How can a Speaker lead the unleadable?
© Francis Rivera

It has been a long time coming in some ways. We've all heard the expression about "herding cats," but Speaker John BoehnerJohn Andrew BoehnerScaramucci compares Trump to Jonestown cult leader: 'It's like a hostage crisis inside the White House' Israel should resist Trump's efforts to politicize support Lobbyists race to cash in on cannabis boom MORE (R-Ohio) has been herding hummingbirds: all flying in differing directions and a few flocking together when it seems like a beneficial thing to do. Many would agree — even Democrats — that Boehner is a good man. However, when given the impossible task of leading the unleadable, what is he to do?

The Freedom Caucus — or as some call them, the "Hell No Caucus," wanted his head and he laid it at their feet.

The question remains even after Boehner's announced departure: How can you lead the unleadable?

This is not exclusively a Republican problem. After the Democrats got their heads handed to them in 2010, I was invited to a birthday party for a liberal member from out West. There were a lot of Progressive Caucus members there and they were gloating openly about the pasting the Blue Dogs had just received in the November elections. I was shocked — hadn't they figured out that if the conservative-to-moderate Democrats didn't win these seats, Republicans would? And, indeed the Republicans had, and so these progressives did not have the gavel anymore and in 2015 don't seem any closer to getting it back unless Republicans self-destruct. And hey — they might just do that.

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It did not seem to matter to the left and it does not seem to matter to the right. They want purity and now they have turmoil. That is because even when Boehner goes softly into the night, to play out the next career he will have, the problems of governing remain. Even today, Republican Senate offices were inundated with calls that Majority Leader Mitch McConnell (R-Ky.) should be next! Well, folks, that won't happen and it should not happen. Adults need to step up and lead. They need to step into the breach and, even if it means taking fire, lead this great institution.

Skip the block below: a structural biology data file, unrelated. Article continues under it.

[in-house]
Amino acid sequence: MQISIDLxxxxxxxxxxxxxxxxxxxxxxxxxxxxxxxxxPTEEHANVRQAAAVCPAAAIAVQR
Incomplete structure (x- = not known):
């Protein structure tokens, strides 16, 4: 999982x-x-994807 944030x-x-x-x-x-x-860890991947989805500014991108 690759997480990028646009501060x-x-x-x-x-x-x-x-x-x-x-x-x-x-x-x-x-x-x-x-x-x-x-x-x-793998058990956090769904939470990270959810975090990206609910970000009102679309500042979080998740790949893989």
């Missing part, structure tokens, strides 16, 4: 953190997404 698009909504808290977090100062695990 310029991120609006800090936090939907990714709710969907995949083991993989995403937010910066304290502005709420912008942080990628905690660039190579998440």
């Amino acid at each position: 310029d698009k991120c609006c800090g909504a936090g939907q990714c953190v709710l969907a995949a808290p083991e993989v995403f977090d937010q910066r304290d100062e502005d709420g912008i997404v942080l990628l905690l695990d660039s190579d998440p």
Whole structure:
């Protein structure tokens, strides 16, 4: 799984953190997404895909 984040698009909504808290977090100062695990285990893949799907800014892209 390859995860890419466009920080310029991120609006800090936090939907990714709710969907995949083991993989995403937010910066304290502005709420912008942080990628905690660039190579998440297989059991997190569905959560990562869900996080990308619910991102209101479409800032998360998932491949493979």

The late Rep. Jack Murtha (D-Pa.) told me about being approached once by Newt Gingrich (R-Ga.), who wanted Murtha to run for Speaker. This was back in the days when Gingrich was nipping at then-House Minority Leader Bob Michel's (R-Ill.) heels. According to Murtha, Gingrich would deliver a large number of Republicans and if Murtha could get enough moderate-to-conservative Democrats, that would make him Speaker of the House.

Murtha thought it over and then said "no." I asked him why, and he said simply: "Congress can't work like that." Who would be the chairman, what would be the structure? The questions go on and on.

We are there again. If House Majority Leader Kevin McCarthy (R-Calif.) has his way and becomes Speaker, he has the same problems Boehner had. If one of the more conservative challengers become Speaker, they have to deal with the "Chamber of Commerce Republicans," who really do want to govern and are tired of being pushed around and challenged by the Tea Party and other purists.

And if you really think this doesn't matter, look at the stock market on Monday. The Dow Jones industrial average was down over 300 points ending the day with a 1.7 percent loss and down nearly 10 percent for the year.

This is not a game. This is not "king of the hill." Real people lose real money. Real business people have to make real decisions. Will we have a continuing resolution beyond Dec. 11? Is there a chance for the tax extenders bill to pass or to become permanent? How about that highway bill or cyber legislation? What about Congress regaining its footing?

Klink is a former Democratic congressman from Pennsylvania and is currently senior policy adviser at Nelson Mullins Riley & Scarborough LLP.